Review by Jonathan W. Hickman
Helen Keller said, “I would rather walk with a friend in the dark, than alone in the light.”
Michael Angelo Covino’s outstanding feature, “The Climb,” is about two friends who brave everyday darkness together. I was caught by the skill of the production and the impactful story. It's a film to be contemplated on many levels.
Mike (Covino) and Kyle (Kyle Marvin) have been best friends since they were children. The two men are so close that Kyle’s mother, Suzy (Talia Balsam), considers Mike a member of the family. And Kyle, perhaps the nicest guy anyone has ever met, is hopelessly devoted to his flawed brother-from-another-mother.
A former high school football star, Mike won games and thrilled fans while Kyle cheered him on from the sidelines as a member of the band. And whenever Kyle settles on a girl, Mike finds a way to mess up the relationship, usually by way of exposing unspoken truths that were hiding in plain sight. It’s a potentially toxic, co-dependent relationship, but maybe, just maybe, it’s not as damaging as you might think.
The film opens in France. Mike and Kyle ride bikes along a picturesque road while discussing Kyle’s upcoming marriage to a French woman named Ava (Judith Godrèche). Ever the athlete, Mike coaches Kyle how to ride correctly, but the conversation drifts back to Ava. Needless to say, that climb doesn’t end well.
Time passes. Mike goes through a personal tragedy, and despite betrayal, Kyle returns to his friend’s side for support. Told in a series of revealing chapters, we notice a recurring, frustrating pattern. An early segment at a cemetery is heartbreaking and telling. Mike has no one except Kyle, and Kyle knows this.
A biting observational comedy, “The Climb” was written by Covino and Marvin, who have been good friends for over a decade. It’s an expansion of their popular 8-minute short of the same name. That film contained the bike ride from this movie’s opening. And that sequence, captured in one long tracking shot, sets the tone and points up the unique strength of the Covino/Marvin approach.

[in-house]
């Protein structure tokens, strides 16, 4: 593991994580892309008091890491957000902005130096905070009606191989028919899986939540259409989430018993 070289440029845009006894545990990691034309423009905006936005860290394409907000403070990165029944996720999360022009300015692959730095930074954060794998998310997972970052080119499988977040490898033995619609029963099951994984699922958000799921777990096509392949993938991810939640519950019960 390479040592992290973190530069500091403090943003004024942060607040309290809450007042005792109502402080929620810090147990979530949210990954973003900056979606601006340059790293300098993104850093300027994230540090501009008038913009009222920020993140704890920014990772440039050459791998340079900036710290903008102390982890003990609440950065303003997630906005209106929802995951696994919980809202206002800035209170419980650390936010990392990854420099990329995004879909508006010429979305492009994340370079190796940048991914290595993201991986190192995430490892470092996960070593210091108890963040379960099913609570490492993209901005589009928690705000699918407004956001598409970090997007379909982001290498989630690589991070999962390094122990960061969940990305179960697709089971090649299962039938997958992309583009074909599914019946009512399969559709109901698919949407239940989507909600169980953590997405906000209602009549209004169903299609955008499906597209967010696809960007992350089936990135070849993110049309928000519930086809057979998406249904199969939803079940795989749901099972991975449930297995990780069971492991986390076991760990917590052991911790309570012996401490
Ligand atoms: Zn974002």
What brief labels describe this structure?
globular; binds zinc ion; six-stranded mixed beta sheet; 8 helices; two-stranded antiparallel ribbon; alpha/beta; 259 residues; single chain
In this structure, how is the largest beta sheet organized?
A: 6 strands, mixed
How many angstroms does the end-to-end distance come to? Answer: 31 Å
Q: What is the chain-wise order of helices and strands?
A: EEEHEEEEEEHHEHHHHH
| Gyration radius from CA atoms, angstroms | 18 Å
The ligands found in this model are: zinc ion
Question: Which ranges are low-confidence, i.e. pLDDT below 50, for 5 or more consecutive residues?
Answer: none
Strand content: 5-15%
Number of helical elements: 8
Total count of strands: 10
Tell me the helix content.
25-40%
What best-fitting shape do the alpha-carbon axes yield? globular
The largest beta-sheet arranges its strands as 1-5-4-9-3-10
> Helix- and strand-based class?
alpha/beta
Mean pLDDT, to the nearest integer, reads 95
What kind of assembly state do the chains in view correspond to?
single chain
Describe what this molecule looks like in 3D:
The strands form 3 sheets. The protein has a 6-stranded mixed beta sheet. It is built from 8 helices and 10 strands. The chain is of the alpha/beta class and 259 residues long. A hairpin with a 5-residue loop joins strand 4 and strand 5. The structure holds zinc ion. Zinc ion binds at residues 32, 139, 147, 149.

Working with cinematographer Zach Kuperstein (see the distinctive 2016 film “The Eyes of My Mother”), Covino uses long takes with a camera continually in motion; it’s a light documentary style that never breaks the fourth wall. The choreography of each segment is remarkable. For example, during a Christmas party scene, the camera floats about inside and outside. At one point, it slowly tracks the exterior of a single-family residence, moving from window-to-window as events play out.
We hear the conversations inside the home and see them through the windows as if we are eavesdropping. It’s surprisingly effective “Peeping Tom” visual scope, and when the camera moves in and pauses, the narrative and the performances are exacting—they hit hard. The camera is a character observing from a distance and then becoming intimate.
Such terrific, carefully constructed cinematography isn’t an isolated bit of magic in “The Climb.” Everything has been meticulously planned and executed in a way that has to be admired and celebrated.
I was reminded of the work of cinematographer Maryse Alberti (see “The Wrestler”), who so meaningfully captured the fight sequences in Ryan Coogler’s 2015 “Rocky” spinoff “Creed.” Alberti’s skill in capturing the dance and punishing blows of boxing's sweet science should have received many award nominations. Equally, in chronicling the highs and lows and the blows of a relationship, Kuperstein’s smooth and purposeful work should be recognized.
But the form of “The Climb” would be hollow if it weren’t for the two lead performances and a meaningful story they wrote for themselves. Since Covino and Marvin bring a friendship in real-life to the film, playing friends on screen (and using their same first names) could have been a nauseating, self-indulgent gimmick. However, the result comments on the nature and importance of friendship freshly and profoundly.
“The Climb” keenly examines the nature, quality, and importance of friendship. It’s a thoughtful film and one of the best I’ve seen this year.
A RottenTomatoes.com Tomatometer-approved critic, Jonathan W. Hickman is also an entertainment lawyer, college professor, novelist, and filmmaker. He’s a member of the Atlanta Film Critics Circle, The Southeastern Film Critics Association, and the Georgia Film Critics Association. For more information about Jonathan visit: FilmProductionLaw.com or DailyFIlmFix.com